Memorandum of Conversation, by Milton Barall of the Office of South American Affairs



  • Chile Denounces Copper Agreement
  • Participants: Ambassador Félix Nieto del Río, Chilean Ambassador
  • Señor Mario Rodríguez, Counselor, Chilean Embassy
  • Senor Jorge Burr, Counselor, Chilean Embassy
  • Assistant Secretary Edward G. Miller
  • R. S. Atwood, Director, OSA
  • Mr. Barall, OSA

The Ambassador said he had received a telephone call from President González Videla this morning instructing him to see the President of the United States in order to inform him that the Chilean Government had reached a decision to denounce the copper agreement of 1951 and take full control of the sale of copper. (Presumably under the provisions of Law No. 10,255 of February 12, 1952.) The Ambassador explained that he knew President Truman was busy with important strikes and he, therefore, approached the State Department instead. He said the reasons for the decision of the Chilean Government, as explained to him by the President, were:

The extreme danger in which the Government finds itself both politically and economically.
A Foreign Exchange Budget for 1952 which is short by an anticipated $50 million because of the failure of Chile to get its price in sales of its 20 percent quota.
Rising anti-US sentiment in Chile despite the efforts of the Government to keep it down. (At this point, Mr. Miller interjected the question, “What efforts?” He said he knew of no efforts on the part of the Chilean Government to combat anti-US feeling. The Ambassador was unable to reply.)
The strike in the Anaconda mines which threatened to spread to the Kennecott mine, too.
Chile’s inability to work out a satisfactory price arrangement with the United States in recent “informal” conversations.
Chile’s desire to avoid the type of thing which developed in Bolivia.

The Ambassador said he had also been instructed to continue to negotiate with the United States (presumably about a new price for any part of the production of the American-owned mines which might be sold in the United States). He then said he had been instructed to ascertain and report on the US reaction to Chile’s decision.

Mr. Miller replied that the Ambassador could inform the President that the reaction in the United States was extremely bad, since denunciation of an agreement is a very strong measure. He expressed the opinion that unilateral action on the part of Chile to denounce the copper agreement and take control of all the copper produced by the American copper companies was exactly the thing that Lechín1 was proposing to do in Bolivia. Mr. Miller said this would affect every aspect of our relations with Chile; that it would make it almost impossible to secure further investment of American private capital in Chile; it would strongly affect Chile’s credit position in the United States, which might not be able to grant any additional loans; that Chile’s action was against her own interest and would make her a residual supplier of copper at a time when production was increasing in other countries and aluminum was being developed as a substitute; that the US had agreed to a 3 cent increase in the price of copper in the 1951 agreement and abrogation of this agreement might drop the price back to 24½ cents; the United States had shown itself to be willing to discuss the price of copper or any other specific proposal made by the Chilean Government; that meetings had been arranged with the highest, officials in the government to discuss this problem, but Chile, not the United States, called off these talks; the US might have to use its stockpile; Chile was trying to throw the blame for its action on the United States but our hands were perfectly clean since we had lived up to the copper agreement and had shown our willingness to negotiate, whereas Chile had not lived up to its obligations under the agreement and had failed to pass the copper contract law. He added that he had been wondering if the entire purpose of the “informal” talks had been to try to throw the onus on the United States for the action that Chile proposed to take. With respect to the continuation of negotiations, Mr. Miller said “This would mean negotiating with a gun at our heads”. However, he added, as the representative of a sovereign nation, the Ambassador could see President [Page 679] Truman at any time and the Department could arrange for an appointment if he wished. The Ambassadóor said he would like to see the President next week if possible.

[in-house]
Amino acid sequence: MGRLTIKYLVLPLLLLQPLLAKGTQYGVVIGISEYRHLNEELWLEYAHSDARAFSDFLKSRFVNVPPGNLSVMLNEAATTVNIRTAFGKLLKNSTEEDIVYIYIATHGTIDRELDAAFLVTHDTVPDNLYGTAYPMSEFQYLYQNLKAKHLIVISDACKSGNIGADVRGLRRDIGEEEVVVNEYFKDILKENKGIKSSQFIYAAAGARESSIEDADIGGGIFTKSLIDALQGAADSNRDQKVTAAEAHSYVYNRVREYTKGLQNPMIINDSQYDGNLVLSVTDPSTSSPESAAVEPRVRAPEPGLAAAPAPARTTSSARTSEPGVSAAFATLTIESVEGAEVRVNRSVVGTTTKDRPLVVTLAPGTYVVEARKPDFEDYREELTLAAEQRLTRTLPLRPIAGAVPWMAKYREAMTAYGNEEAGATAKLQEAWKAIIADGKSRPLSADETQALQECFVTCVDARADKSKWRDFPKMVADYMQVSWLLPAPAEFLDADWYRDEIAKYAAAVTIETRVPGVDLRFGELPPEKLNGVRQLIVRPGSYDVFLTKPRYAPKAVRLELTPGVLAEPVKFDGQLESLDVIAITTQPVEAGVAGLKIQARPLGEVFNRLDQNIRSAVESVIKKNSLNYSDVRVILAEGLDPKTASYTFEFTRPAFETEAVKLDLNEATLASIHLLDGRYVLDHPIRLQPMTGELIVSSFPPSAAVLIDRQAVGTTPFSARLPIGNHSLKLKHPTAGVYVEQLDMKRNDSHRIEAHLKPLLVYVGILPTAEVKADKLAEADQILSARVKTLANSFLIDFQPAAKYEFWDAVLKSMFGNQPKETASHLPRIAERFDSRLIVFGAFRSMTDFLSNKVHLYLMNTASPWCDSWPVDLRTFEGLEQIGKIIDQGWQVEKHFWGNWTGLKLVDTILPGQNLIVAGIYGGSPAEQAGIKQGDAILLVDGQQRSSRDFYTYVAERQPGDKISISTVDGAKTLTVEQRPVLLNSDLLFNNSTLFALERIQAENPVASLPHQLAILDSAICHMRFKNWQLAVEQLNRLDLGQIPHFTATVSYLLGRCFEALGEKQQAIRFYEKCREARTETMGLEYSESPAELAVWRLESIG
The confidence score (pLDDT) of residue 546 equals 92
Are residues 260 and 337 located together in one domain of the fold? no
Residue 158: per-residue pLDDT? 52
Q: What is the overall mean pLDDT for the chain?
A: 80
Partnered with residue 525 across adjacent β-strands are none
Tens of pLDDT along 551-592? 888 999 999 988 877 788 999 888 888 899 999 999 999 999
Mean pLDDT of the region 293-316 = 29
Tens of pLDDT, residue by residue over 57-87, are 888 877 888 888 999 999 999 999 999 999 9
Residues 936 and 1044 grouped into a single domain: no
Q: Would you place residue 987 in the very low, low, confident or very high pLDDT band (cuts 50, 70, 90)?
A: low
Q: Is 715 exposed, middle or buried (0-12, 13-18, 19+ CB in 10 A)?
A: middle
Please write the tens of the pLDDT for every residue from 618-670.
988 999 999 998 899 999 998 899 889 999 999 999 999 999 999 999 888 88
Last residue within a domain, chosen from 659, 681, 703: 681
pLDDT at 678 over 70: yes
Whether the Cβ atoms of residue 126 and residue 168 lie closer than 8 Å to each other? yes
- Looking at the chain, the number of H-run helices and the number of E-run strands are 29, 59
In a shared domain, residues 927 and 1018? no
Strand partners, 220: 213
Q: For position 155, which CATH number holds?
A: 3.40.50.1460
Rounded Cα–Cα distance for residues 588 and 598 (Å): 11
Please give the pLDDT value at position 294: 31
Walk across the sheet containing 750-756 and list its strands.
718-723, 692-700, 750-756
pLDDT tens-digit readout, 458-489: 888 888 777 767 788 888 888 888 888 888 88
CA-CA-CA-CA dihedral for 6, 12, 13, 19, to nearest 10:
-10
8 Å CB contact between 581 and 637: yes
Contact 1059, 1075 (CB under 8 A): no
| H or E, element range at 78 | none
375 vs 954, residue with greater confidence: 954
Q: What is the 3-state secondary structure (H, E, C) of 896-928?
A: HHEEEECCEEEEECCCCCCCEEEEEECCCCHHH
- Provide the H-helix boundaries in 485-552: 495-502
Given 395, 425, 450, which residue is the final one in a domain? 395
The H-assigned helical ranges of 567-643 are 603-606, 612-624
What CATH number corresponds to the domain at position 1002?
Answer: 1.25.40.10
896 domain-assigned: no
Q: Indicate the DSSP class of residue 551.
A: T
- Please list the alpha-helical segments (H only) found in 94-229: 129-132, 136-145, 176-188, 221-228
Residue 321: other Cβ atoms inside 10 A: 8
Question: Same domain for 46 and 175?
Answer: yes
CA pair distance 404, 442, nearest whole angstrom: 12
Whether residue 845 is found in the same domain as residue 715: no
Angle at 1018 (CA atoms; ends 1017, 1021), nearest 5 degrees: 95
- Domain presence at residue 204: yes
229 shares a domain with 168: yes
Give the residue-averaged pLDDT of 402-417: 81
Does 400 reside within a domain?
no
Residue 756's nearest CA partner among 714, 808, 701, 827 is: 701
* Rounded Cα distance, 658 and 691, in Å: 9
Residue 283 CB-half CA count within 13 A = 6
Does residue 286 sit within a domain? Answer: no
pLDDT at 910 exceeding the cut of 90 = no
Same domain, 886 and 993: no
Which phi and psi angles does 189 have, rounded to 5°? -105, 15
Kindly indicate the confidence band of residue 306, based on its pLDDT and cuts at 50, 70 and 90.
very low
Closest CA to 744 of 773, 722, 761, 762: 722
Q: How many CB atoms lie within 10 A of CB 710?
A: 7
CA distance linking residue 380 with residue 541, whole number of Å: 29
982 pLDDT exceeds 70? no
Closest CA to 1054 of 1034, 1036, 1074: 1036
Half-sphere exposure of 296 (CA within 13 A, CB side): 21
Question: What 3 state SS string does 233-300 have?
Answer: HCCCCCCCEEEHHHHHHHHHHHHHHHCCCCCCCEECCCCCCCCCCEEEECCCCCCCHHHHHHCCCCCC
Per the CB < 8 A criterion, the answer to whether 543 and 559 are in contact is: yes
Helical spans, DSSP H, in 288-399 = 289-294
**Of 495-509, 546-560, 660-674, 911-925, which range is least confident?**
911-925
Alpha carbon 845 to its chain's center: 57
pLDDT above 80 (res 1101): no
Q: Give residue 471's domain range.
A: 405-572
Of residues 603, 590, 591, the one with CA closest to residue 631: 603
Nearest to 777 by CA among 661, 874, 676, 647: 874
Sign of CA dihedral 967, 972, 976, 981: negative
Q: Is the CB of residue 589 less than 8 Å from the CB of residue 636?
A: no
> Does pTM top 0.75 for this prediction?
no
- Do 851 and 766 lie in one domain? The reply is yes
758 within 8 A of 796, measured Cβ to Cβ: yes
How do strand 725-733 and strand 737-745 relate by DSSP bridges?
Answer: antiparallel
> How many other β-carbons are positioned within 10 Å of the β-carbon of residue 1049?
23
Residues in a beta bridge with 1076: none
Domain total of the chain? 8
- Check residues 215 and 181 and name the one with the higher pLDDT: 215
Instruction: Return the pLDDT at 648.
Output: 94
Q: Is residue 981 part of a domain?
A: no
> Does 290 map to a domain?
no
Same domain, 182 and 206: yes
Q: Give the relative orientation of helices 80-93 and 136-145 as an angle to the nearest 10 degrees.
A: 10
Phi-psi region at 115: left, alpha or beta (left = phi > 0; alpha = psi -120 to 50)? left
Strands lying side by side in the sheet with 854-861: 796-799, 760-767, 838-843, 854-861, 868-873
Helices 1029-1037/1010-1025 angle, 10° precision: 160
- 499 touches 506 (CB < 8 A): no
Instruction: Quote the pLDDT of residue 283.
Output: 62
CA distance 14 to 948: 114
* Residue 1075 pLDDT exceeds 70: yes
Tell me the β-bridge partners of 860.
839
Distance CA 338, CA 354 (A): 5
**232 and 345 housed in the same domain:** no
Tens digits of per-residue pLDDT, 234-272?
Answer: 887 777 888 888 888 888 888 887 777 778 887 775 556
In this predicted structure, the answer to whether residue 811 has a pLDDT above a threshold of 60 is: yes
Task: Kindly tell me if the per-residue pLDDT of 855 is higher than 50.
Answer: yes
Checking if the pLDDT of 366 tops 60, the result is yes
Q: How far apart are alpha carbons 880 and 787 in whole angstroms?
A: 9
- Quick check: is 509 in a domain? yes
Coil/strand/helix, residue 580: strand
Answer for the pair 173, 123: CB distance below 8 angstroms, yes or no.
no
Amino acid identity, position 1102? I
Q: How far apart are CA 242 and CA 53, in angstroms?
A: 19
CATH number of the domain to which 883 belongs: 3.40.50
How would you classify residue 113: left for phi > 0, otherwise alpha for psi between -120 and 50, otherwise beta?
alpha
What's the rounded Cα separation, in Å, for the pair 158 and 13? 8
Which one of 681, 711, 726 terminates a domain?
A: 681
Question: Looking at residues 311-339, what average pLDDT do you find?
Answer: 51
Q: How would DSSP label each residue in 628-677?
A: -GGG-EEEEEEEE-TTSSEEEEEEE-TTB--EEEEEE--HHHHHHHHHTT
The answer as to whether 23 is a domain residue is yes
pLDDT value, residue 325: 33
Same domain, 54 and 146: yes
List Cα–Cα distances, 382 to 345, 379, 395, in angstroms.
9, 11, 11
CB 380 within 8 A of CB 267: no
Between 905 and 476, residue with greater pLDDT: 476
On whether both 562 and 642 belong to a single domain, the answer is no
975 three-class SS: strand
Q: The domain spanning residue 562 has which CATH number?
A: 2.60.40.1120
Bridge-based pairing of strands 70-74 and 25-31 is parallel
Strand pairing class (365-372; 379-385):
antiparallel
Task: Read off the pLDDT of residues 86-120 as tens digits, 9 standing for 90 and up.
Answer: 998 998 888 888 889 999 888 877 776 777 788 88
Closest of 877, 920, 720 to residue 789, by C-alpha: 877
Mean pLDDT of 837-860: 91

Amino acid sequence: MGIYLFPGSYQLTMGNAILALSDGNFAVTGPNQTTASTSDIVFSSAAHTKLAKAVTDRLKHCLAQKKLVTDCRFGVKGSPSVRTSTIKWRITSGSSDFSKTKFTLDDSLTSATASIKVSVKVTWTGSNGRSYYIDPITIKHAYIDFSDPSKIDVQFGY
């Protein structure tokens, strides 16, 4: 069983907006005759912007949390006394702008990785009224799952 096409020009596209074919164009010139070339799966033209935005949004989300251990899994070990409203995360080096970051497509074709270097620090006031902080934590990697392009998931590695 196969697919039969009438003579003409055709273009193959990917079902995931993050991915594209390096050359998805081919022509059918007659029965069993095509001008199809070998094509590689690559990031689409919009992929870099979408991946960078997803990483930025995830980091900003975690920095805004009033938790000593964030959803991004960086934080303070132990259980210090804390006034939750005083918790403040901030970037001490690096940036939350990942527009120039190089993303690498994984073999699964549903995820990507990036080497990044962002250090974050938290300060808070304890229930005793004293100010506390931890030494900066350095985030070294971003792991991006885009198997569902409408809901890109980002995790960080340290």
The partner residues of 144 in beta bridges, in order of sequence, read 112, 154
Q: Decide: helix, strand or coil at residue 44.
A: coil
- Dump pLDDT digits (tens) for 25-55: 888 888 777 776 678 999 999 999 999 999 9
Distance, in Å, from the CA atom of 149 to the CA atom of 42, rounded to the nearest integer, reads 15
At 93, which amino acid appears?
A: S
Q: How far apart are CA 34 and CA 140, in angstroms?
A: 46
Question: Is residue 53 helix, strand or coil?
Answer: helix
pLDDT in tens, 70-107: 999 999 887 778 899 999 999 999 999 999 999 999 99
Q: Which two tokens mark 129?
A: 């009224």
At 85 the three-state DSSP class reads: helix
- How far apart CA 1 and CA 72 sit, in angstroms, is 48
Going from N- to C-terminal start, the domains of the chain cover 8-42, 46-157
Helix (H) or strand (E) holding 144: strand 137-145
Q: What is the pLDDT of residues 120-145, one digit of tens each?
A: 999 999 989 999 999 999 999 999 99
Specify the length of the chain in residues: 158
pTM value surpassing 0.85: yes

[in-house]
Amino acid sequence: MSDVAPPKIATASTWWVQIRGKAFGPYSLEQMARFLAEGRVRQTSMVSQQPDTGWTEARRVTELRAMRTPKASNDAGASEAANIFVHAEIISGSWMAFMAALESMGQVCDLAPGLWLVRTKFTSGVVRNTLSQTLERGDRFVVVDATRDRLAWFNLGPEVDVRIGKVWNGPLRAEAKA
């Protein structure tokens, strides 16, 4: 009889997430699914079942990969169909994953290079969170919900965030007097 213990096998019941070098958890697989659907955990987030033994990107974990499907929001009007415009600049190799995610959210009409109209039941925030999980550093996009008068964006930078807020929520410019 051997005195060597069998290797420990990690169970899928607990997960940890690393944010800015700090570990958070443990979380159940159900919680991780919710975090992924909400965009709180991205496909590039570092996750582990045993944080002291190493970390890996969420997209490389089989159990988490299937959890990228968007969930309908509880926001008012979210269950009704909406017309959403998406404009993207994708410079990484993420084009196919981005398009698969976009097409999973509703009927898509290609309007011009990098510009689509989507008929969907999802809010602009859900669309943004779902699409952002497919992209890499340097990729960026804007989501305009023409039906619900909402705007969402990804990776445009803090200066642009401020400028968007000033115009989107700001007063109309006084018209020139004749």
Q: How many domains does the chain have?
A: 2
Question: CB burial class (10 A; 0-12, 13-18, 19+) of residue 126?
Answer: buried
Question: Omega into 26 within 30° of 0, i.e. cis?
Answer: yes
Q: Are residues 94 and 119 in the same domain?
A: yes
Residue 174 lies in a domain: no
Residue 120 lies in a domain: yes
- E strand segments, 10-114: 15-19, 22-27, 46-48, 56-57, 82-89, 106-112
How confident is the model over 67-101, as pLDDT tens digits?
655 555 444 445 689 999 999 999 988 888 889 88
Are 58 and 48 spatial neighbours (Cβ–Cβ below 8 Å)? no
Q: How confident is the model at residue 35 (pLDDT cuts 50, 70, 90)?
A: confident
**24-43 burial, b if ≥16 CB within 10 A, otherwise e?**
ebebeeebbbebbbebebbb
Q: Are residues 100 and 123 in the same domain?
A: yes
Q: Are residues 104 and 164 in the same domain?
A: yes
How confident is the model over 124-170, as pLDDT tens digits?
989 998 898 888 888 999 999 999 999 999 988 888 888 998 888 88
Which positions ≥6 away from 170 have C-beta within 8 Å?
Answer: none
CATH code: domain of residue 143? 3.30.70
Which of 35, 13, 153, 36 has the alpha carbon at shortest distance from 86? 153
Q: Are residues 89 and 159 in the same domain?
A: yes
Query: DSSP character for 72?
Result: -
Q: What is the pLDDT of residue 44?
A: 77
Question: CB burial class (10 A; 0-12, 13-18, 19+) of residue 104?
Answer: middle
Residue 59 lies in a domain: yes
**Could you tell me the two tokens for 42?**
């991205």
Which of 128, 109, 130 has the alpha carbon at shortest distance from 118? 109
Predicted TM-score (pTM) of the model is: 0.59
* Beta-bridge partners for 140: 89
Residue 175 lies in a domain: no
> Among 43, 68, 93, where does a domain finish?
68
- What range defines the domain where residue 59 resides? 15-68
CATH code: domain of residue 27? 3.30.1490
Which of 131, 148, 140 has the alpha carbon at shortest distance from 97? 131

The Department officers asked when and how the agreement would be denounced. Ambassador Nieto did not know, but said that President González had told him over the phone that he was going to call in Ambassador Bowers today to inform him of the decision of the Chilean Government. When asked if the American companies had been notified, Nieto replied in the negative. The Ambassador tried to throw some responsibility for Chile’s action on the American companies for selling copper in Europe in competition with Chile’s 20 percent. The Department officers pointed out that, if 40,000 tons sold in Europe was enough to depress the market for Chile’s 20 percent, how much worse it would be for Chile when all of its copper becomes available in that market. It was strongly stated that US capital had been a major factor in building up Chile’s economy and that, in the long run, Chile’s denunciation of the agreement was not in her own best interest.

  1. Juan Lechín Oquendo, Bolivian Minister of Mines and Petroleum.